At Large  December 15, 2022  Natasha H. Arora

Lucretia’s Many Bodies Through the Ages

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Sandro Botticelli, Storie di Lucrezia, 1504. Tempera and oil on wood, Isabella Stuart Gardner Museum, Boston

The figure of Lucretia persists as equal parts myth and reality. In his History of Rome, Livy  cites the ancient Roman noblewoman's rape by Sextus Tarquinius and subsequent suicide as the birth of the Roman republic, while Ovid’s Fasti (8 CE) and William Shakespeare’s Rape of Lucrece (1594) rewrite her character into a metaphor for political criticism. Yet most Renaissance and Baroque artists concern themselves less with politicking, and more with depicting popular attitudes towards violence against women, repurposing Lucretia’s iconography to examine, lambaste, and even celebrate various aspects of sexual violence.

Sandro Botticelli both minimizes and magnifies the heroine’s death into civic pride in his fifteenth-century tempera and oil spalliera, Tragedy of Lucretia (Storie di Lucrezia). The panel narrates three critical scenes from the myth, in non-chronological order: the left and right sides show Sextus Tarquinius’ assault on Lucretia, and her dying request to Brutus, Lucretius, and Collatinus, but the breadth of the painting is dominated by male denizens. Outraged soldiers and a flamboyant Forum Romanum overwhelm Lucretia’s dully dressed, static body, and the towering central placement of Brutus, and the statue of David all determinedly reinforce hegemonic political significance onto female victimization: here, Lucretia’s violation emerges as a male proprietary crime, and her self-destruction as parturition to the male Roman republic.

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Titian, Tarquin and Lucretia, 1571. Oil on canvas. Fitzwilliam Museum, Cambridge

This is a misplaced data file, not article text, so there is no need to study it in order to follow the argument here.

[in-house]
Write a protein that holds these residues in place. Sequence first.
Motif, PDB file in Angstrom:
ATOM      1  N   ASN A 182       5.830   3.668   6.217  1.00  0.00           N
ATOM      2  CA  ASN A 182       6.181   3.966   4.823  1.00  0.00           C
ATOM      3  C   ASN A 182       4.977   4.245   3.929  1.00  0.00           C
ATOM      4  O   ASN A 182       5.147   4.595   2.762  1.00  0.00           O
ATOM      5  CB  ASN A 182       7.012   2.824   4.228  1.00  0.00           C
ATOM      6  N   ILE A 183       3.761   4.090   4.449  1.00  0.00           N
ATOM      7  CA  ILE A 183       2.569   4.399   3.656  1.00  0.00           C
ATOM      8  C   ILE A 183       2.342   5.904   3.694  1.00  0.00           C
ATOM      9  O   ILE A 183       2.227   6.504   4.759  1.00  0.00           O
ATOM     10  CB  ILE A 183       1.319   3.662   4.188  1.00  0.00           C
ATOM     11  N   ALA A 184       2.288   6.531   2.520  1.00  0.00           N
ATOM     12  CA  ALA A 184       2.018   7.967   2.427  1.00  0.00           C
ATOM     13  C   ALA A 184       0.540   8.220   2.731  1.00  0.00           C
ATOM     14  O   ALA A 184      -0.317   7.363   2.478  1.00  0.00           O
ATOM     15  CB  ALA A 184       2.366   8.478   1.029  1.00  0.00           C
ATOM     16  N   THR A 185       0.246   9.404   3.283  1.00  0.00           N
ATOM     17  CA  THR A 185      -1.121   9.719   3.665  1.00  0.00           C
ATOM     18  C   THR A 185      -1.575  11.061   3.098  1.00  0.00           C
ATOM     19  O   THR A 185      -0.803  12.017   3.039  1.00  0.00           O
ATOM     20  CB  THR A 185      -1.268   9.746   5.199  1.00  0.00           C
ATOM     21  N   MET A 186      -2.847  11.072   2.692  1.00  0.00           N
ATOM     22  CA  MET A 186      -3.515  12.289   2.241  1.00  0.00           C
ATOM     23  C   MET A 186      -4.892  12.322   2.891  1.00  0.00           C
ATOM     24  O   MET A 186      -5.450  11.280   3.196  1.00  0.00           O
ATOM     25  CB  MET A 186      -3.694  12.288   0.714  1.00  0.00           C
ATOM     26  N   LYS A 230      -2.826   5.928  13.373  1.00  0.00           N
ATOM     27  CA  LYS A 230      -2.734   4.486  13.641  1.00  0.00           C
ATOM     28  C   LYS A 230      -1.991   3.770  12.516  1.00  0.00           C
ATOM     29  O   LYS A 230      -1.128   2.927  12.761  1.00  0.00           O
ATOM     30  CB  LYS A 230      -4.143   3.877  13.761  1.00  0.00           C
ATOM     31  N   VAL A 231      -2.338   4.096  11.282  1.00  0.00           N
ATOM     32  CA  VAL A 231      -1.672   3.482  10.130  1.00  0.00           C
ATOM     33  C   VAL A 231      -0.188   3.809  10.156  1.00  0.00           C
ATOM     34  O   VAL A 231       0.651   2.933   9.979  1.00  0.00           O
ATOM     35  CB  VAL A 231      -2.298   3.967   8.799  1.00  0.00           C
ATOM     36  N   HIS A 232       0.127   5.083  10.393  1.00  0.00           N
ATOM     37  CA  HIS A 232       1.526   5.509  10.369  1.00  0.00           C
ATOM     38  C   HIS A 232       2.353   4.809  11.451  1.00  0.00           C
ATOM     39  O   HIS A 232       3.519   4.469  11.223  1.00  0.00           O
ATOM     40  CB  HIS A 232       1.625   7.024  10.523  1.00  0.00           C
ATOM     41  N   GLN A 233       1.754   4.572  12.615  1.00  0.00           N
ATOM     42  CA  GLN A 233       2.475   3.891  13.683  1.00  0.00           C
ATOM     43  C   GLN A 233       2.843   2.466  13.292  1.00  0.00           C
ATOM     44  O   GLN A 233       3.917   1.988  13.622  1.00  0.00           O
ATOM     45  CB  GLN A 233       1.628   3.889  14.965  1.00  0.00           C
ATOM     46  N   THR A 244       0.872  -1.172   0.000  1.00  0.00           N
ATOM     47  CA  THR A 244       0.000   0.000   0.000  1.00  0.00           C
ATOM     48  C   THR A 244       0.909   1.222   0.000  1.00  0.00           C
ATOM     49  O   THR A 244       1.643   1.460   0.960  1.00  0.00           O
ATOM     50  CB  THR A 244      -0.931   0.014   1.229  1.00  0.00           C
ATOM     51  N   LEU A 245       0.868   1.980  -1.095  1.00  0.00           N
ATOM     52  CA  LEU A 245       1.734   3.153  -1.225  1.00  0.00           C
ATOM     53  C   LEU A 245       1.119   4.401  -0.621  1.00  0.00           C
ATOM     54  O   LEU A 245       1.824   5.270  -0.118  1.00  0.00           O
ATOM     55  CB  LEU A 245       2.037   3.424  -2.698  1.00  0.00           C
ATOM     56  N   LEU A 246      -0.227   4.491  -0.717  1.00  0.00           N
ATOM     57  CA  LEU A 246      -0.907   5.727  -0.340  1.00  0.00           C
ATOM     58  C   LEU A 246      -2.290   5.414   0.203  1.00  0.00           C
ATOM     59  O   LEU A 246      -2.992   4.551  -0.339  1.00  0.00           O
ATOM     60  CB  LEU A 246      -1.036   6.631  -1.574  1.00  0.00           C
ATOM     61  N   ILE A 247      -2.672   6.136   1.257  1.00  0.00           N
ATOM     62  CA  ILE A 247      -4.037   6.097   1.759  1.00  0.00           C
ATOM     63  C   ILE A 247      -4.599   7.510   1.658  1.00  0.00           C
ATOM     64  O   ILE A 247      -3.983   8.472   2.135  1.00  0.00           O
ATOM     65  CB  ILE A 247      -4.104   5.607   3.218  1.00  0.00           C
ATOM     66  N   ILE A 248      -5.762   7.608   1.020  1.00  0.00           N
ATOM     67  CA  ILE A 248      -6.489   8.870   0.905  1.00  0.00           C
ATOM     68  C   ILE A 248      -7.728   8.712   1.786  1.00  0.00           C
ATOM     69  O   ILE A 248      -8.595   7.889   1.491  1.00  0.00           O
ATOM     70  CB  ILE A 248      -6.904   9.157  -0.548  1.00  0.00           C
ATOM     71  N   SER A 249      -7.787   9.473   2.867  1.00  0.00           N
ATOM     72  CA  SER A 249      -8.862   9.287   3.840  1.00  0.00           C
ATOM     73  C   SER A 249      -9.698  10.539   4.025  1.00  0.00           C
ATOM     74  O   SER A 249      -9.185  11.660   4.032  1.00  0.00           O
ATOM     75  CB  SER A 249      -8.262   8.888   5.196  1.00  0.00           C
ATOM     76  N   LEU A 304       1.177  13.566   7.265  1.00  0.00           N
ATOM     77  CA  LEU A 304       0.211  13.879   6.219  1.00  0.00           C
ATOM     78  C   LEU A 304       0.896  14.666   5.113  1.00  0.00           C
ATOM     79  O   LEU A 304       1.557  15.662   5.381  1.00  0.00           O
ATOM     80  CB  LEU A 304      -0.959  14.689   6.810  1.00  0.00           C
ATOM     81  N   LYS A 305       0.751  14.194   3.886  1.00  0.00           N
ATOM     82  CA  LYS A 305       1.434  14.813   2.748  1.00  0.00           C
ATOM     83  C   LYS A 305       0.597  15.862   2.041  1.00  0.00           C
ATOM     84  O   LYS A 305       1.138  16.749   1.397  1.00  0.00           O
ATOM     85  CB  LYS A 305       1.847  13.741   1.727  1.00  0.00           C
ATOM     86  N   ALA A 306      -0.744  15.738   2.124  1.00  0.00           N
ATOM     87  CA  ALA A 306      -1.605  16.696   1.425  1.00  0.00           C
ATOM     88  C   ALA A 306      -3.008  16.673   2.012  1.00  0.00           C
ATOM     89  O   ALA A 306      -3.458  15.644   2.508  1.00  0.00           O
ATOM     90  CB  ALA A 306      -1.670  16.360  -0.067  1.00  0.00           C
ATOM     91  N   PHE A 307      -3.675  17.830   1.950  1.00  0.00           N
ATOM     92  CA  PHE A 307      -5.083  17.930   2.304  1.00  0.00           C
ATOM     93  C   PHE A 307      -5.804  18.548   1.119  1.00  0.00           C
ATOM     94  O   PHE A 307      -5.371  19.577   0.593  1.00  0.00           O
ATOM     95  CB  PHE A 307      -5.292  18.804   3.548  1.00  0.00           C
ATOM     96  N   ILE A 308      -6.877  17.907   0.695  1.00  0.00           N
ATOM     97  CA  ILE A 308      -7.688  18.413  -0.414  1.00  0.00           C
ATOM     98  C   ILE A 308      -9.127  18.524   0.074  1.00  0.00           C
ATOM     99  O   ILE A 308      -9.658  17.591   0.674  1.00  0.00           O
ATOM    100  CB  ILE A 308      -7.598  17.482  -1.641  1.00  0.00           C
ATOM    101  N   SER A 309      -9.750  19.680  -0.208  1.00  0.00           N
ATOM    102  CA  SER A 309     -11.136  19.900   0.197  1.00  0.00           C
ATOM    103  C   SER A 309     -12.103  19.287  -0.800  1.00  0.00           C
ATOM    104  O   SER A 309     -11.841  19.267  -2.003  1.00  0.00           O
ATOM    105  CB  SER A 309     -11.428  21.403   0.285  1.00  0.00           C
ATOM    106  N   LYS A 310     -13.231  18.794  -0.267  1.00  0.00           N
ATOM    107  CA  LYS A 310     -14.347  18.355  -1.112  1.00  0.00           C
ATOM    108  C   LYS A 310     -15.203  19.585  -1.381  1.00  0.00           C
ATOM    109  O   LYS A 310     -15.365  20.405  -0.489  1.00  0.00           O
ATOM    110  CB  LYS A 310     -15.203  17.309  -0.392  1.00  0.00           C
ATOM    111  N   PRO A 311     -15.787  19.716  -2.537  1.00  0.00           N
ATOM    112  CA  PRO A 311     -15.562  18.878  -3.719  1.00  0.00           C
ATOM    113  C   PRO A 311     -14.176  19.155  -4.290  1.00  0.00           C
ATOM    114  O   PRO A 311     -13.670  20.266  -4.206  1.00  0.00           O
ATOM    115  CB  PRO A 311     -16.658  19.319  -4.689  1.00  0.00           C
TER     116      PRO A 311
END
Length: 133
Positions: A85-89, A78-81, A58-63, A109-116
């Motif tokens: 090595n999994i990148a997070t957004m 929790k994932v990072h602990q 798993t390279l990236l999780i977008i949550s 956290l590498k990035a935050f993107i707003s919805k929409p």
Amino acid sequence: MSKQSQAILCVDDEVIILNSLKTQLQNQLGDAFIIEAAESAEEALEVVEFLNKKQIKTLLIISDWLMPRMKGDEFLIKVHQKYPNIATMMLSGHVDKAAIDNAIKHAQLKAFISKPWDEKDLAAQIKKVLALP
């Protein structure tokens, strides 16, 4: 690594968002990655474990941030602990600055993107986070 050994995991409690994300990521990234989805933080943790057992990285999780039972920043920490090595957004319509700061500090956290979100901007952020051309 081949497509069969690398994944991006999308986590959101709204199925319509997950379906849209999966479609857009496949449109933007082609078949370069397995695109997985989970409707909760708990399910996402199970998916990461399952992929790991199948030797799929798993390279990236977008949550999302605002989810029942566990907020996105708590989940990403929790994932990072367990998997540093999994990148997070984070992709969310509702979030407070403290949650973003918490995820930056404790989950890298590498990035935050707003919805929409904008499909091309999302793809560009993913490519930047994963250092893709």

While the weight of public freedom minimizes the trauma of Botticelli’s Lucretia, Titian’s interpretation bears no such social burdens. Tiziano Vecellio’s 1571 oil on canvas, Tarquin and Lucretia, terrorizes a domestic subject, whose nudity and dynamism emphasize the grotesqueness of rape. Unlike Botticelli’s panoramic and spiritually victorious heroine, this Lucretia remains frozen in an image of victimhood—yet her exposed flesh, jewelry, and unscathed coiffure contradict the violent scene’s realism. Titian beautifies brutality, exploiting history to bare female flesh, arousing the male gaze, and suppressing Lucretia’s survival and rhetoric prowess.

Most other artistic versions of the myth adopt Titian’s model: a starkly chromatic Tarquin intimidates a pale and hypersexualized Lucrece—frequently near a voyeuristic servant—in Tintoretto’s Tarquin and Lucretia (1570s), Felice Ficherelli’s Rape of Lucretia (1630s), and Giuseppe Maria Crespi’s Tarquin and Lucretia (1690s). These scenes eroticize sexual assault, commodify feminine virtue and neglect female Roman stoicism.

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Artemisia Gentileschi, Lucretia, 1625. Oil on canvas. Owned by Gerolamo Etro